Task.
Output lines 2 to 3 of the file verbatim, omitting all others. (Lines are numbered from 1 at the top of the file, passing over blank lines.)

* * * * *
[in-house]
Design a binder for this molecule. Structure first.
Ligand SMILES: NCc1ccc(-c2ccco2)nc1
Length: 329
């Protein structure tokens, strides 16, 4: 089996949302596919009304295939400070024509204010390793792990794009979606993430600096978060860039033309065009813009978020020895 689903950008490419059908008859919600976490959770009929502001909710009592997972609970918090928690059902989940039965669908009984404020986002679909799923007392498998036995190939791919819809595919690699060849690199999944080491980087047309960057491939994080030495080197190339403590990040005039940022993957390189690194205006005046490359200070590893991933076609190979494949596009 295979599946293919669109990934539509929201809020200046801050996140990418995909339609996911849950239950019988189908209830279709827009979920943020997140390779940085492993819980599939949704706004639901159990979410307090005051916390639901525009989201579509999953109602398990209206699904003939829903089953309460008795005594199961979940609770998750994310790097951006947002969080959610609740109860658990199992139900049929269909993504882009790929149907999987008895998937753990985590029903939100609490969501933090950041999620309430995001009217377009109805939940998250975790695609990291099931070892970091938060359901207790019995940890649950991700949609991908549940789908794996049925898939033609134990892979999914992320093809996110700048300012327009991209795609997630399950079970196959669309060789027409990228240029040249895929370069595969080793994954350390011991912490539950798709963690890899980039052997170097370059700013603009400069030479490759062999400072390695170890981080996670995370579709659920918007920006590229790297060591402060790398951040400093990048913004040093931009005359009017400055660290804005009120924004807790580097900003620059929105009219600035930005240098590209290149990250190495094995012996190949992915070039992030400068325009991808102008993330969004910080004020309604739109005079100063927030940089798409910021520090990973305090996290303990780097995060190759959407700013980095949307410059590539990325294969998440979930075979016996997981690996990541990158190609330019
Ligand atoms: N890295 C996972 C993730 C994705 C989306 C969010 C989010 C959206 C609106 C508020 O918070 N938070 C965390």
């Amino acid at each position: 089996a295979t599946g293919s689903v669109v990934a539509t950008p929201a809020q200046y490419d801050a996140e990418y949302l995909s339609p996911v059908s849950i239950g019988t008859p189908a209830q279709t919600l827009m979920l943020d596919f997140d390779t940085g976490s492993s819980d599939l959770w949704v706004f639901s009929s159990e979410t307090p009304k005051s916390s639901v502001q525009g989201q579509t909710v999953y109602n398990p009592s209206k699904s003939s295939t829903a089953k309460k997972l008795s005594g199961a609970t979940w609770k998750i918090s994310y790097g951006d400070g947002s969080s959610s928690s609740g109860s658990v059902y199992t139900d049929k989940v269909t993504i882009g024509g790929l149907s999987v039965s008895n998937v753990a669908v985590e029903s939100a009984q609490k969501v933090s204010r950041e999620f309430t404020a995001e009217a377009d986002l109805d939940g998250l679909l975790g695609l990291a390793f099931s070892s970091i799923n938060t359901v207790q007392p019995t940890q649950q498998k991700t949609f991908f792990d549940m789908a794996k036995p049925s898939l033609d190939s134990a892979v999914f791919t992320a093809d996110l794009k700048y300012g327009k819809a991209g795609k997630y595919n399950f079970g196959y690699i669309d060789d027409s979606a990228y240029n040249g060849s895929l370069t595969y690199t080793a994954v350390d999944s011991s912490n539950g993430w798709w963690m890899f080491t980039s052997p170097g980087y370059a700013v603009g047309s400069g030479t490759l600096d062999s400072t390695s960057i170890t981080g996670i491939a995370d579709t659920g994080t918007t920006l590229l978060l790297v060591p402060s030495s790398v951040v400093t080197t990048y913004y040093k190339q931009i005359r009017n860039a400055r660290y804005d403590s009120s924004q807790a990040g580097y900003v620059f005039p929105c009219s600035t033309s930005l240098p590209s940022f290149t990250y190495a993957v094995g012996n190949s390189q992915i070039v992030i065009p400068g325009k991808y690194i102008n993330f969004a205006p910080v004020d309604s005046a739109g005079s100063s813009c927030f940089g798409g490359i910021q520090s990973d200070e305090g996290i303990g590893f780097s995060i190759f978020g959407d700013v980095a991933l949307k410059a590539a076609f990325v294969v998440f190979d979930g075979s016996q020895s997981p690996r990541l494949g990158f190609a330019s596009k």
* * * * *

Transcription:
Design a binder for this molecule. Structure first.
Ligand SMILES: NCc1ccc(-c2ccco2)nc1